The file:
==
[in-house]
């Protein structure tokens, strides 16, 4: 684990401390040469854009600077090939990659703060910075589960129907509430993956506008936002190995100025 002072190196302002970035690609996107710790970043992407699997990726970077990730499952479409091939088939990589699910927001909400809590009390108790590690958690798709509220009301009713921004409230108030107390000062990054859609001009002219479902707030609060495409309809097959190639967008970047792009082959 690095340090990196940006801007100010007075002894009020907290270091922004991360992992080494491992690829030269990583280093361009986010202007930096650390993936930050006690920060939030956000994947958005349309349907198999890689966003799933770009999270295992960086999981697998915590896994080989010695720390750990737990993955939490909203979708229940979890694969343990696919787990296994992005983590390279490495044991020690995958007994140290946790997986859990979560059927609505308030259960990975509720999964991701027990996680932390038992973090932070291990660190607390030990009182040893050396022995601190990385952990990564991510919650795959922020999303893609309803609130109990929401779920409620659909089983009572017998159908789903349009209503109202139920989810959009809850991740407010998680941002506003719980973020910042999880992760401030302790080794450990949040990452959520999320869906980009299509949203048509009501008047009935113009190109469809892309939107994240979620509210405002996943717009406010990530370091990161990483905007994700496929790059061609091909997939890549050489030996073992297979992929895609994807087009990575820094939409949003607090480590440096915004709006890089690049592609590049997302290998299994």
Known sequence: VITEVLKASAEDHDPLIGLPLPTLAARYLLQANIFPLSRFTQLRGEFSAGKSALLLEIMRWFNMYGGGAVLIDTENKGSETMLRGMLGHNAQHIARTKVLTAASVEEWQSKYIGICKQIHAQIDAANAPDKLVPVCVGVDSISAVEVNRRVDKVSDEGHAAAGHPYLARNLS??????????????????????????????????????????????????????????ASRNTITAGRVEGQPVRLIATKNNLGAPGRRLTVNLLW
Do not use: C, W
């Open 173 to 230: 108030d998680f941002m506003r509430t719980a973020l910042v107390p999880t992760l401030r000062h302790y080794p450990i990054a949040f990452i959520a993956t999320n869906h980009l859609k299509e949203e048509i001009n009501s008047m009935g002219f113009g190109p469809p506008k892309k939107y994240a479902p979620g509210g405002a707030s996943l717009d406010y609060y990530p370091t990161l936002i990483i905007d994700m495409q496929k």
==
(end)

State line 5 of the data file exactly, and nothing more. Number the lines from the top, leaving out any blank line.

């Open 173 to 230: 108030d998680f941002m506003r509430t719980a973020l910042v107390p999880t992760l401030r000062h302790y080794p450990i990054a949040f990452i959520a993956t999320n869906h980009l859609k299509e949203e048509i001009n009501s008047m009935g002219f113009g190109p469809p506008k892309k939107y994240a479902p979620g509210g405002a707030s996943l717009d406010y609060y990530p370091t990161l936002i990483i905007d994700m495409q496929k």